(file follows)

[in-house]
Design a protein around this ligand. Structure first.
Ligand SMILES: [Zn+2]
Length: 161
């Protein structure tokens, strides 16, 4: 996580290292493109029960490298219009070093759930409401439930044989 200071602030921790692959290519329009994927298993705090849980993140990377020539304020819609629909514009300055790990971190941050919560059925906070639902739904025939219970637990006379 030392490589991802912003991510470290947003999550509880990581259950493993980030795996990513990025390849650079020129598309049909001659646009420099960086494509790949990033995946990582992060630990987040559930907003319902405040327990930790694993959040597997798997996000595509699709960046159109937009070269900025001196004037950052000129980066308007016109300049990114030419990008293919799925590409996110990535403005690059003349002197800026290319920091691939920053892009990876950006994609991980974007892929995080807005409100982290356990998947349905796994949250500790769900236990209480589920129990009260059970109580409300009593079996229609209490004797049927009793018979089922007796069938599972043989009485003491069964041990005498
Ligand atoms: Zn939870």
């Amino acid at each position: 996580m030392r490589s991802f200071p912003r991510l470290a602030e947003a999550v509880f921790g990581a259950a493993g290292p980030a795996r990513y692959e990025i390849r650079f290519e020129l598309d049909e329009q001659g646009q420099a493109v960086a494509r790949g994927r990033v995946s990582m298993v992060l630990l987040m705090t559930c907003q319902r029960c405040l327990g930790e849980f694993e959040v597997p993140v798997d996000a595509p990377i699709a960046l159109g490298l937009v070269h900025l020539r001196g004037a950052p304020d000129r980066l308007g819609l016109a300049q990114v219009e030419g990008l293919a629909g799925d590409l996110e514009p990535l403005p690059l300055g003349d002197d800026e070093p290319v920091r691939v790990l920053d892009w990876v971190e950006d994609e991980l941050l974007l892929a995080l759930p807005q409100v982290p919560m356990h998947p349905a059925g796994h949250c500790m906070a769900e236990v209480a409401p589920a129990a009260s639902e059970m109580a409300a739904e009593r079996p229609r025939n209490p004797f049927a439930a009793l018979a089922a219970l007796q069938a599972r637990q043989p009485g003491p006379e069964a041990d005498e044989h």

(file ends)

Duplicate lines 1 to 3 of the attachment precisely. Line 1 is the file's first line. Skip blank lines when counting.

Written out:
[in-house]
Design a protein around this ligand. Structure first.
Ligand SMILES: [Zn+2]